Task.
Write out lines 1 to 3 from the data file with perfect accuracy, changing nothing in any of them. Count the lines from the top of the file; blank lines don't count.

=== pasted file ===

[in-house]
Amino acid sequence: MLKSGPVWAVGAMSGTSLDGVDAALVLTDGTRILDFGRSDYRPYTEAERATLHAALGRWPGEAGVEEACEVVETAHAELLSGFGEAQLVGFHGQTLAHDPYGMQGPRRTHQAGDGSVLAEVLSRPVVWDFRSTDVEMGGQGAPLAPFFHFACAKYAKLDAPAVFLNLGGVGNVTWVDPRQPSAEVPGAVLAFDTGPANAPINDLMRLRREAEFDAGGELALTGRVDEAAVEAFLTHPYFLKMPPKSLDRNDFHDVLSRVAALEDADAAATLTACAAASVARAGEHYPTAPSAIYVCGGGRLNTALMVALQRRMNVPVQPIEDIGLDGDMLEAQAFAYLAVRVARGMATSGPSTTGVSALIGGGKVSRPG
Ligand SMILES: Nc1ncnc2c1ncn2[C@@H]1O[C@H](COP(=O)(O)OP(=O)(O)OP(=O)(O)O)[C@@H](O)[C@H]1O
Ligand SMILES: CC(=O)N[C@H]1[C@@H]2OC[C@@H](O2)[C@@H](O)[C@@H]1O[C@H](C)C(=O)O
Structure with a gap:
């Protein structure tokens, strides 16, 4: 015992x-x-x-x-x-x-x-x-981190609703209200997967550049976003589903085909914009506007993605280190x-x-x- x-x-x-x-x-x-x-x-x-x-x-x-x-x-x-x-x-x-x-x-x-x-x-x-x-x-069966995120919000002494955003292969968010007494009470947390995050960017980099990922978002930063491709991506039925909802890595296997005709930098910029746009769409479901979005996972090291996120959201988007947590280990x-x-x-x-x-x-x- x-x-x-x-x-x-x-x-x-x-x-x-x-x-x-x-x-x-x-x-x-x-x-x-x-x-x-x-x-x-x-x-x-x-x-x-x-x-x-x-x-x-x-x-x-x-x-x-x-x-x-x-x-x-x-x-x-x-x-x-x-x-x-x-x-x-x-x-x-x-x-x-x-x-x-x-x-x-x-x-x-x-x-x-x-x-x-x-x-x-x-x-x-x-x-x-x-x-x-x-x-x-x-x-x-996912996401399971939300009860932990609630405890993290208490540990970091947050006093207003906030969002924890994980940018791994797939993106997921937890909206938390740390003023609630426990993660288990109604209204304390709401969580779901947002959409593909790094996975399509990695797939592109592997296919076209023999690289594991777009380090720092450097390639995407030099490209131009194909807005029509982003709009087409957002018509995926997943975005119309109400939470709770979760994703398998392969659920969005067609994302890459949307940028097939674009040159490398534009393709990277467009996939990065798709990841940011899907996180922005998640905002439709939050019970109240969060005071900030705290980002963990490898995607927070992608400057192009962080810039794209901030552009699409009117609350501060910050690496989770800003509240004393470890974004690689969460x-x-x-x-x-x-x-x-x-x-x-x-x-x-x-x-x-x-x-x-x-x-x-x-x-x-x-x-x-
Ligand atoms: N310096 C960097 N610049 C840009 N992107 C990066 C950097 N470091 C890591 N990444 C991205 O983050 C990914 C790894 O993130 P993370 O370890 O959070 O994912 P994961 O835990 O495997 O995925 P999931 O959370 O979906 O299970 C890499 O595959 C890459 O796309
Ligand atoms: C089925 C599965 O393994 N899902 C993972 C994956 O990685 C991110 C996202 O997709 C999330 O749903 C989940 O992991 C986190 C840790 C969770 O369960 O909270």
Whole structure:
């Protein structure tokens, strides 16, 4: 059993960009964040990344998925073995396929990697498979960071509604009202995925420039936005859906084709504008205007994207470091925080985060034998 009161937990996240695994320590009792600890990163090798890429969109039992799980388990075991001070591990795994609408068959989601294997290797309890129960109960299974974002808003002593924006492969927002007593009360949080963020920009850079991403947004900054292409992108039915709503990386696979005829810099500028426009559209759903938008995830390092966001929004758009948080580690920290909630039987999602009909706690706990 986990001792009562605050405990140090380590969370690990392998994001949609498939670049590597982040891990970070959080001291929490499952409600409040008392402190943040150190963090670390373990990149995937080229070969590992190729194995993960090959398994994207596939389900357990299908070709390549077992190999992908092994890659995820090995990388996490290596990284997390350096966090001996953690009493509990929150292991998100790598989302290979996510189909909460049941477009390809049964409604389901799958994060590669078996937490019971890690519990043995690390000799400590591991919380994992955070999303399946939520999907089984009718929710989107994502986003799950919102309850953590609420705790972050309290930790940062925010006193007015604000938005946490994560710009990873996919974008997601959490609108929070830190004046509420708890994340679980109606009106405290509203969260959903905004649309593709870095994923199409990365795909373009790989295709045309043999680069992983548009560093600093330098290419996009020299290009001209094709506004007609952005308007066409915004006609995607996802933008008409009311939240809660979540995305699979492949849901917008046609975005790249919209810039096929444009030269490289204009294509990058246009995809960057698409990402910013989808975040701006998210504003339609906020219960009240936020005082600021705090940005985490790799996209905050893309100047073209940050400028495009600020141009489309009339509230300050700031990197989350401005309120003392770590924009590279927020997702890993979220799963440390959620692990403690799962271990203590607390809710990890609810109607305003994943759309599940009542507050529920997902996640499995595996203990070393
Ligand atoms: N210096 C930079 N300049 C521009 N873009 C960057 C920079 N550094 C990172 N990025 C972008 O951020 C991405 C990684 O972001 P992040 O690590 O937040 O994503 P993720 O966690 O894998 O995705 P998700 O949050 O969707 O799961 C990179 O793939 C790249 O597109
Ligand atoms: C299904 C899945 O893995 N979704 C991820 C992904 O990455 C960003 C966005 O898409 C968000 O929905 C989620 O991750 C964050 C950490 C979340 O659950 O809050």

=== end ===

[in-house]
Amino acid sequence: MLKSGPVWAVGAMSGTSLDGVDAALVLTDGTRILDFGRSDYRPYTEAERATLHAALGRWPGEAGVEEACEVVETAHAELLSGFGEAQLVGFHGQTLAHDPYGMQGPRRTHQAGDGSVLAEVLSRPVVWDFRSTDVEMGGQGAPLAPFFHFACAKYAKLDAPAVFLNLGGVGNVTWVDPRQPSAEVPGAVLAFDTGPANAPINDLMRLRREAEFDAGGELALTGRVDEAAVEAFLTHPYFLKMPPKSLDRNDFHDVLSRVAALEDADAAATLTACAAASVARAGEHYPTAPSAIYVCGGGRLNTALMVALQRRMNVPVQPIEDIGLDGDMLEAQAFAYLAVRVARGMATSGPSTTGVSALIGGGKVSRPG
Ligand SMILES: Nc1ncnc2c1ncn2[C@@H]1O[C@H](COP(=O)(O)OP(=O)(O)OP(=O)(O)O)[C@@H](O)[C@H]1O